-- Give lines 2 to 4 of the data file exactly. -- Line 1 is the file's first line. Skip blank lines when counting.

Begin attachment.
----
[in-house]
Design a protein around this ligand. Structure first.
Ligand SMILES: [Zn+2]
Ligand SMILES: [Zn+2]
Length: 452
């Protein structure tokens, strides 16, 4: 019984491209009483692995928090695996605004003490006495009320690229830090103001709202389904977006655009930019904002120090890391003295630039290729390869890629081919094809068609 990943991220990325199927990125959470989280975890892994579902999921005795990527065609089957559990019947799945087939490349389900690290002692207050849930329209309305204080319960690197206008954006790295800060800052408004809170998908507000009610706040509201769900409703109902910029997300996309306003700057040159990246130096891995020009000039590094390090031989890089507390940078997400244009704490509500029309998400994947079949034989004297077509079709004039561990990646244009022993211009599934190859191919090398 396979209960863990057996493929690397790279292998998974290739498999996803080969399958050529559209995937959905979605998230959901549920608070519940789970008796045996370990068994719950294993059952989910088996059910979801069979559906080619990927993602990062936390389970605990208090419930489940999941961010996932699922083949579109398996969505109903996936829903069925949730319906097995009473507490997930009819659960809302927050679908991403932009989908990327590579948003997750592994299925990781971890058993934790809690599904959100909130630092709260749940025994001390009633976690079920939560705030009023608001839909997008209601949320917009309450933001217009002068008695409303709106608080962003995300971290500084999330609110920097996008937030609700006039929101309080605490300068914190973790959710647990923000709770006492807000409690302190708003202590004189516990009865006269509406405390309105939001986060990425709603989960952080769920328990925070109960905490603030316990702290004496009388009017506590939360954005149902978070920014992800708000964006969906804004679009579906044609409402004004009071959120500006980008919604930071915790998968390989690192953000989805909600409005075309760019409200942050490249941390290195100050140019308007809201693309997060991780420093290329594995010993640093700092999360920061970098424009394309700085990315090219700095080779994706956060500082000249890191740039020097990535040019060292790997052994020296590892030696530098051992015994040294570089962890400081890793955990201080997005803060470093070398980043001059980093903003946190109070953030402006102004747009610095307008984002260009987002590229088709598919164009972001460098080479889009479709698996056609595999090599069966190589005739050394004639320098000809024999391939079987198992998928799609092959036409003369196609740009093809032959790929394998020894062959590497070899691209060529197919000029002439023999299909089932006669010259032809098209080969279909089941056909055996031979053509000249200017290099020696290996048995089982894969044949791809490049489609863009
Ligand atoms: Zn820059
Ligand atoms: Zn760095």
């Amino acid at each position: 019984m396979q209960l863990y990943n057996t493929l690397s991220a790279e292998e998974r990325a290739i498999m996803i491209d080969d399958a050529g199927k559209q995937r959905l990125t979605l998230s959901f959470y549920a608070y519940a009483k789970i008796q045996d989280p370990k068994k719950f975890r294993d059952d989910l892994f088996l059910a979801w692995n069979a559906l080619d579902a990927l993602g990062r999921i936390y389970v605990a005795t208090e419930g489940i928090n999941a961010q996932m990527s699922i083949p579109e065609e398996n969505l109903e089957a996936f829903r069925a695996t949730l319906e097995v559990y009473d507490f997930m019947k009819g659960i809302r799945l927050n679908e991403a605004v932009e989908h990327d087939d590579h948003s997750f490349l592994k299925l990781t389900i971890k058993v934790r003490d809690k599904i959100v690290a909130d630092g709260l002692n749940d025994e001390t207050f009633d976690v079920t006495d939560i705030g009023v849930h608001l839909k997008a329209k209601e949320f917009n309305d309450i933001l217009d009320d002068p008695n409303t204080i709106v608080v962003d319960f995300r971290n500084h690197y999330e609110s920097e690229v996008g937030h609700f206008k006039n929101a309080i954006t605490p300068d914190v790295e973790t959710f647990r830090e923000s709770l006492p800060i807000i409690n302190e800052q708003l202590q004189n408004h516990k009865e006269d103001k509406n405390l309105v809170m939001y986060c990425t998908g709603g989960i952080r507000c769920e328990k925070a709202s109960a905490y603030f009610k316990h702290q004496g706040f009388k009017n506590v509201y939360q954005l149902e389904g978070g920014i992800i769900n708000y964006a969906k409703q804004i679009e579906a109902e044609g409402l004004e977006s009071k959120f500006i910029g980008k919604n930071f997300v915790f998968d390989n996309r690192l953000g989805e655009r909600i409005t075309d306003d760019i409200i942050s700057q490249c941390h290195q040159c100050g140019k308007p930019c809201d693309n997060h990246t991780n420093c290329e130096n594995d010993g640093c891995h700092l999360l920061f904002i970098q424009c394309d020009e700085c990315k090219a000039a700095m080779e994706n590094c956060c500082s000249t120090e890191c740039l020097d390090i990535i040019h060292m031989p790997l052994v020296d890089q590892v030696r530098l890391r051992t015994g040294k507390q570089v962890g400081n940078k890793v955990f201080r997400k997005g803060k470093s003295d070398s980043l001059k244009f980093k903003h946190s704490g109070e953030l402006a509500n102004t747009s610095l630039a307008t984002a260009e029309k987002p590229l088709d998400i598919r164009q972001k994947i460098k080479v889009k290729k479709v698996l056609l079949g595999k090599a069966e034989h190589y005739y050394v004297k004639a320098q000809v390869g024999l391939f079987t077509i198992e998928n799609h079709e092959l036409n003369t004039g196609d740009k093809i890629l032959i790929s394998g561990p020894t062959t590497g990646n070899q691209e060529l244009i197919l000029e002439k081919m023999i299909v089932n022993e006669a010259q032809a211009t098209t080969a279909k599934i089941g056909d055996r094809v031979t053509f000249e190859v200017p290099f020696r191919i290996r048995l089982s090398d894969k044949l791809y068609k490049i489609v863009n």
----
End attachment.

Design a protein around this ligand. Structure first.
Ligand SMILES: [Zn+2]
Ligand SMILES: [Zn+2]